I'v looked RF amplifier AD8351 for an application of a 1Gbps LVDS transmission system. The system is require fitting to a single-ended output with 50Ohm coaxial cable. I searched the datasheet of AD8351, but no sample of single-ended was on here.

If I terminated partial output line of AD8351 with 50ohm resistance, Should any problem be happened in this application?

Hello ayanaplus

If your input is a differential LVDS and you need 12 dB gain into a single 50 ohm load, you will need to set your amplifier to 18 dB gain. If you choose Rg=10 ohms for the AD8351and your differential load to 100 ohms (50 ohms on each side) the maximum gain is 17.4 dB (from the equation on page 10 of the AD8351 datasheet). This is close enough to your 18 dB requirement but the Bandwidth of the AD8351 will fall far short of your 750 MHz requirement. See TPC1 and TPC2 on page 5 of the AD8351 datasheet and note that the BW will be around 400 MHz. AMplifiers whose gain depends on the load such as the AD8351 (or the ADA4960) might not be a good choice for you.

If you want to achieve a gain of 18 dB with a 750 MHz BW, you might consider the traditional diff-amp architecture. In this case you would need a unity gain stable voltage feedback diff-amp with GBWP of about 6 GHz. Such an amplifier does not exist to my knowledge. You can consider a two stage voltage feedback system each with a gain of about 3. The PBWP of each of these two should be about 3 GHz. This is a little closer to achievable but not quite.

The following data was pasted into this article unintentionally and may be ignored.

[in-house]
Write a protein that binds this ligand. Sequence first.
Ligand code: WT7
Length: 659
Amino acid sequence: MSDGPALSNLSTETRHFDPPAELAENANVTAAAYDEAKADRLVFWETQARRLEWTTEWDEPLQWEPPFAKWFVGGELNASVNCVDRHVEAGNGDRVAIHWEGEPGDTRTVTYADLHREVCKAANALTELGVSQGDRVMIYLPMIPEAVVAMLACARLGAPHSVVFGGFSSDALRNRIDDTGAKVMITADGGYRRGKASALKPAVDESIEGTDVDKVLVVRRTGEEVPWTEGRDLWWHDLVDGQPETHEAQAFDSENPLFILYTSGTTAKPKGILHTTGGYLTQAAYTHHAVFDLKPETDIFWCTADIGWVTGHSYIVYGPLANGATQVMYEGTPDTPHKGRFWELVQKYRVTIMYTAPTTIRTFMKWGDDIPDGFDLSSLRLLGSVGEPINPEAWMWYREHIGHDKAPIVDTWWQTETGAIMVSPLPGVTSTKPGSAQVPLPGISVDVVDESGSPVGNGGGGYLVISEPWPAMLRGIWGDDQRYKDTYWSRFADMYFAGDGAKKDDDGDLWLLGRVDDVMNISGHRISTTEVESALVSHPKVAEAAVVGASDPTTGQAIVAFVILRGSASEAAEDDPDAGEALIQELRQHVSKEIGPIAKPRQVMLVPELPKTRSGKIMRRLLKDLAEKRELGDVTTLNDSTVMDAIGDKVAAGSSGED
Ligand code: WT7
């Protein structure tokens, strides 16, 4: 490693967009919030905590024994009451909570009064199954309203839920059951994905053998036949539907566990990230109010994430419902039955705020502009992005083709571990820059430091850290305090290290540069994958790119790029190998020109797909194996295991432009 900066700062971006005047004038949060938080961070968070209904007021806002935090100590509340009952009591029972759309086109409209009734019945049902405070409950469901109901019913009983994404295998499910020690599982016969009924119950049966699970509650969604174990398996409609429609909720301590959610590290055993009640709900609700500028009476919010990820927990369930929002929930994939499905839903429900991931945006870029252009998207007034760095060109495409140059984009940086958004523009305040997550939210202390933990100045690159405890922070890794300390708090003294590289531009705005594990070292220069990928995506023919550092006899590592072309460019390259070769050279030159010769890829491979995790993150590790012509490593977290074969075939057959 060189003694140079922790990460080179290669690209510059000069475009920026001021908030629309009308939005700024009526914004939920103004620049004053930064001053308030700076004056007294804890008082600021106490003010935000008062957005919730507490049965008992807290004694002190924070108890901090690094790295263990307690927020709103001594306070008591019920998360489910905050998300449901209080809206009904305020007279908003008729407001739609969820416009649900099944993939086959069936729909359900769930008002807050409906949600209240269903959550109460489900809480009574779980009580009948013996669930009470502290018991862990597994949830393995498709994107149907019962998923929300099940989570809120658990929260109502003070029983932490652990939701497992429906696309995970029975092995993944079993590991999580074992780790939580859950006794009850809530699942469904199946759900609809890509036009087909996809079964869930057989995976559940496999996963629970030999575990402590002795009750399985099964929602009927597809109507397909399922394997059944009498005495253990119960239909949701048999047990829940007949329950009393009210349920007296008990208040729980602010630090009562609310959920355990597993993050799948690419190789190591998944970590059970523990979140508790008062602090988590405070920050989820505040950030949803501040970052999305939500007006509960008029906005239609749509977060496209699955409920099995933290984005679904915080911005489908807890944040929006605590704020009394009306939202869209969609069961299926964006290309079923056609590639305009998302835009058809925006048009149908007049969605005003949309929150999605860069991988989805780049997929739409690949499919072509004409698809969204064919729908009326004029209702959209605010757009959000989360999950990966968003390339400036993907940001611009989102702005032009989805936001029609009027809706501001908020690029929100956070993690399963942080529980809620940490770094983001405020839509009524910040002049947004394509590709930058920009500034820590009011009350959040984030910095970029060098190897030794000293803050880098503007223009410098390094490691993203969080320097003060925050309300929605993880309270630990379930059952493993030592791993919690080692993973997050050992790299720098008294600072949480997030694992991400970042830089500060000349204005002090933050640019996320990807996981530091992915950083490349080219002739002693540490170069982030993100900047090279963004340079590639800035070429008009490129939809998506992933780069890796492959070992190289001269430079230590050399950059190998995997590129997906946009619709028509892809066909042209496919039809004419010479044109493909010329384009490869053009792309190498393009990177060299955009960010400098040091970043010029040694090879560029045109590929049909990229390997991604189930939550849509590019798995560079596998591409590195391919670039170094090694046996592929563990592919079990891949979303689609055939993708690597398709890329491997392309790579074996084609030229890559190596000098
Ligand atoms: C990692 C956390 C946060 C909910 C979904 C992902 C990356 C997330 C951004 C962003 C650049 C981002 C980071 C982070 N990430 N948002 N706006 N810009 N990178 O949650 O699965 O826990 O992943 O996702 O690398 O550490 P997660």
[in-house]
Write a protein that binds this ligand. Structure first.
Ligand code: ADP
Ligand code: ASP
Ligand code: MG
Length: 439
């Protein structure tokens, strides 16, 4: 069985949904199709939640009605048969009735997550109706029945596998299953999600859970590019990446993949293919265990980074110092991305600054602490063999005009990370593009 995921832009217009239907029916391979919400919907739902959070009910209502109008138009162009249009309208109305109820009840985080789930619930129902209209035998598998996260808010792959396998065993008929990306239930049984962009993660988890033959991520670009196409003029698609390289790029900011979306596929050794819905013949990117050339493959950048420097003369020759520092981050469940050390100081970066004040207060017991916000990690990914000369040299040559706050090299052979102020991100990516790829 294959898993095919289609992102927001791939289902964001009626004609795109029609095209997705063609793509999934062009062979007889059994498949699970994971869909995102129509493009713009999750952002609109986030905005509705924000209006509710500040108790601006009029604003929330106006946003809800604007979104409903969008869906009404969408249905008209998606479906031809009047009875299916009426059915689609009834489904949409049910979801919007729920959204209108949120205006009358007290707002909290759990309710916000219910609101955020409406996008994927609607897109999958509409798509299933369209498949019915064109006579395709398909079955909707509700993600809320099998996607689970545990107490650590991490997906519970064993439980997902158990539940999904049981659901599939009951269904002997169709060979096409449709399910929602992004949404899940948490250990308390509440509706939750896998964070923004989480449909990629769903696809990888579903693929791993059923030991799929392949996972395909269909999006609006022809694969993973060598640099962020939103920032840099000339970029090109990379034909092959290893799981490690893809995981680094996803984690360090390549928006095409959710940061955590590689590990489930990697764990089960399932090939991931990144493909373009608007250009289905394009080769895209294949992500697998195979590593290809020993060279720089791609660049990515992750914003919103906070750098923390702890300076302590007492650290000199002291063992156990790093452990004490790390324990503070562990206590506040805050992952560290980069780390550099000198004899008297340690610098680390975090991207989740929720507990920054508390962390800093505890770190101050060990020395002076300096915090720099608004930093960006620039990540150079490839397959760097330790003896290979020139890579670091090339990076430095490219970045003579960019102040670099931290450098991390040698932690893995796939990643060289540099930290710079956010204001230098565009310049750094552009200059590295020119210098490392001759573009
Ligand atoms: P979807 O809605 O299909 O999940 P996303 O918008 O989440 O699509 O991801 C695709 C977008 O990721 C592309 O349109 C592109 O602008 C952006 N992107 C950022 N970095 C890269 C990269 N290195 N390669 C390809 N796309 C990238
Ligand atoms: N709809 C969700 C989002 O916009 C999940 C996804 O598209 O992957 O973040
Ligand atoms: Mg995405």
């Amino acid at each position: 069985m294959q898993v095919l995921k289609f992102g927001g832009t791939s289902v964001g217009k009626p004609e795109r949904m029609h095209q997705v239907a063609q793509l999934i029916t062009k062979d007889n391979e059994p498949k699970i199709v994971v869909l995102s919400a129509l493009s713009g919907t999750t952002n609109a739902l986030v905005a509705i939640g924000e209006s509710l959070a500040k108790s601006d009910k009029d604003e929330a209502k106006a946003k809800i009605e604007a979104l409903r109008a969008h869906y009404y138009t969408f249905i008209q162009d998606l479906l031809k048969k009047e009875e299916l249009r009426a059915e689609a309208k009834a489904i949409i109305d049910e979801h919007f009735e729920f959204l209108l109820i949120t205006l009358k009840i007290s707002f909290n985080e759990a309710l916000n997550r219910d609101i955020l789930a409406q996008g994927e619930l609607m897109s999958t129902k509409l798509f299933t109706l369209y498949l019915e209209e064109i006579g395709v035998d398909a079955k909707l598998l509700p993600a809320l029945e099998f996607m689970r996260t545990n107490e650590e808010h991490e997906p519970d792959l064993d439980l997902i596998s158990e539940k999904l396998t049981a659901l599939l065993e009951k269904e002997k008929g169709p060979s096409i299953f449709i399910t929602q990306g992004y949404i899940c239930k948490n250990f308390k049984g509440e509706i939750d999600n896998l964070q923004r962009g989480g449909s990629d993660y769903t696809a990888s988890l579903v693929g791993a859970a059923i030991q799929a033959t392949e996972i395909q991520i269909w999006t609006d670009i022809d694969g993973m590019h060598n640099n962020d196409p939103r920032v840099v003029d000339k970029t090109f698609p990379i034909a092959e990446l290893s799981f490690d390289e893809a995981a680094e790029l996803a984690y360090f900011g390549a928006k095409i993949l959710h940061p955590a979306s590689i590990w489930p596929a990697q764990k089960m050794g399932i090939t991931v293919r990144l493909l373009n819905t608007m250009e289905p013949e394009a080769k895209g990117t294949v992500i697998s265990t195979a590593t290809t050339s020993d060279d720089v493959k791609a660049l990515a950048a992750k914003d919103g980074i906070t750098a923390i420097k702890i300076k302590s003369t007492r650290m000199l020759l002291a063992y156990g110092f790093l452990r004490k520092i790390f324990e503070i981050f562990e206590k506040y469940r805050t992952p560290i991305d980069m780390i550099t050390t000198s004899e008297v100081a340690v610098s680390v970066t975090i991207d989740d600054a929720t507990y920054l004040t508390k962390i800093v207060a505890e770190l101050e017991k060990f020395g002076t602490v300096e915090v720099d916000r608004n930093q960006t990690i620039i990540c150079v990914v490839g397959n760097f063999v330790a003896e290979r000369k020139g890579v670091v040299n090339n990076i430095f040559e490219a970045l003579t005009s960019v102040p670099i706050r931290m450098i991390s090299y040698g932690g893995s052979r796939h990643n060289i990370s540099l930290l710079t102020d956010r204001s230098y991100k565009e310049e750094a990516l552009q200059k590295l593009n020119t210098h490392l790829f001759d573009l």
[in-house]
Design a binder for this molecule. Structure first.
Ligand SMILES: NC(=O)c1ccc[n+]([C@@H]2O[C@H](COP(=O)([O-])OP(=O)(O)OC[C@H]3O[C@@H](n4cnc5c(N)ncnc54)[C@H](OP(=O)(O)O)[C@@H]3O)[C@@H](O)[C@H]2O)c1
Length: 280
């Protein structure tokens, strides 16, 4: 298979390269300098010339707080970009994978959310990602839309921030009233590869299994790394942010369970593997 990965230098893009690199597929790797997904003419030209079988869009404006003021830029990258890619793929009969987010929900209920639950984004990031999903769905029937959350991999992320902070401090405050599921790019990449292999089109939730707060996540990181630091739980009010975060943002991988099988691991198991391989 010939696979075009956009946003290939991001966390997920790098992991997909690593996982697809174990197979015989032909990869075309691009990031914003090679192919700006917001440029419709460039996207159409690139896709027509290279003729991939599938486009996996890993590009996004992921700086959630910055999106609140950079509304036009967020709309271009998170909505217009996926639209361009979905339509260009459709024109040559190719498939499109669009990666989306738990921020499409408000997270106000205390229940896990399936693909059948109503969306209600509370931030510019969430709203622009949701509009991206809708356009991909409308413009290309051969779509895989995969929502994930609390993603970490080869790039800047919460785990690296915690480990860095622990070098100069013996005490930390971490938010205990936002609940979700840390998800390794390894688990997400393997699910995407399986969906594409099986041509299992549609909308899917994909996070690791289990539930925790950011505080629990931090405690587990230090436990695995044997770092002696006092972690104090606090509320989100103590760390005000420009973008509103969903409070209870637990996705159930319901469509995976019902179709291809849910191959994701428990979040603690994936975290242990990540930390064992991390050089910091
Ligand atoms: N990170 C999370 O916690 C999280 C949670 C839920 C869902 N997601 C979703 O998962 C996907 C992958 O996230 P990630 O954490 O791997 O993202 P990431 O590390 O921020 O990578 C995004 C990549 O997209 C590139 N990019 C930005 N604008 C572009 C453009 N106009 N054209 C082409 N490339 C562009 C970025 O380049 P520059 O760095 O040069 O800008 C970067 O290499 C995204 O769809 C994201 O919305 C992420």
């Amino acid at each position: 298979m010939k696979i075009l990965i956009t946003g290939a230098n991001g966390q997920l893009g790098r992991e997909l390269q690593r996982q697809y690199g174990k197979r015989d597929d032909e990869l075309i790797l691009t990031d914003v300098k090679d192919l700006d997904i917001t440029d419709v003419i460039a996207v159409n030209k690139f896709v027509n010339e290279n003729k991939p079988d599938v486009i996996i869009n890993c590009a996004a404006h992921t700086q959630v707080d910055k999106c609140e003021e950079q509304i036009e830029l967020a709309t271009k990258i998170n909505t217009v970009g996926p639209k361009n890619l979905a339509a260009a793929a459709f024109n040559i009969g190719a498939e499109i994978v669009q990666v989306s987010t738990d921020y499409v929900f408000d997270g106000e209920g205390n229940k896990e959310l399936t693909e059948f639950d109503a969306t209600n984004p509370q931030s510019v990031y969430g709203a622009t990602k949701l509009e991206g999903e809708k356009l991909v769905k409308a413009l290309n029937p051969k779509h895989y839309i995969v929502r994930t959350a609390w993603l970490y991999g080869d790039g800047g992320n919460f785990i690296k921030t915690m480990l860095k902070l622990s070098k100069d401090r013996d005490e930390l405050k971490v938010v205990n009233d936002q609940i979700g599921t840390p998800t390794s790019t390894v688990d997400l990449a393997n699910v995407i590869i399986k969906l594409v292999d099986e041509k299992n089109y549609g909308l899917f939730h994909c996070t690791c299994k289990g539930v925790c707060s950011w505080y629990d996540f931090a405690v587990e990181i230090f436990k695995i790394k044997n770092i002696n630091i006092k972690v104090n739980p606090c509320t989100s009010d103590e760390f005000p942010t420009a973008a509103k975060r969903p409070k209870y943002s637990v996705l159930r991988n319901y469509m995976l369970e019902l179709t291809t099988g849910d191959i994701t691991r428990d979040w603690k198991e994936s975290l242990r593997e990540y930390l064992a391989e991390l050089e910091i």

An alternate method you could consider is to use 2 ADA4927 diff-amps. These are current feedback diff-amps and their BW depends on teh feedback resistor value, not on the gain. You can adjust Vocm of the first stage to match you LVDS common mode input levels and you adjust Vocm of the second stage to zero to eliminate any dc current at the output.

Here is the schematics:

Please note. The input termination resistors depend on the LVDS source. If the LVDS source can drive 100 ohm diff load then make these resistors 273 ohms each.

SInce you said you want to put the output into a 50 ohm co-ax, I added a 50 ohm series resistor at both outputs of the diff-amp for a back terminated arrangement.

The gain is slightly higher than your requirement. Increasing all 63.4 ohm gain resistors slightly can reduce the gain.

Here is a picture of a low frequency inputs and output. Note that a 200mV pp differential LVDS will give you 1V pp at the load end of a properly terminated 50 ohm co-ax. ALso note that I put a 500 mV offset on the LVDS input lines to illustrate that the diff-amp removes the common mode at the input (within reasons).

Here is a low frequency pulse response. The inputs have a 5 ns rise and fall time in this picture. Don't have a readily available differential pulse source to show a faster pulse response.

Here is the rising edge of the output expanded horizontally at the end of a 2 feet long RG-58 co-ax terminated in 50 ohms.. Please keep in mind that the input sie time is 5 ns. Don't have ready access to a pulse generator with faster rise time.

Here is the frequency response. The Bandwidth is about 850 MHz. A 0.7 pF capacitor is added across the input pins of the second ADA4927.

Here is another frequency response plot. A 2.7 pF capacitor is added at the input of the network analyzer on this one.

Please note that PCB layout can greatly affects the frequency response at high frequencies. Care must be taken to ensure proper high frequency PCB techniques.

And finally here is the picture of the PCB. Used two of these boards connected with SMA barrels.

I hope this helps.

Zoltan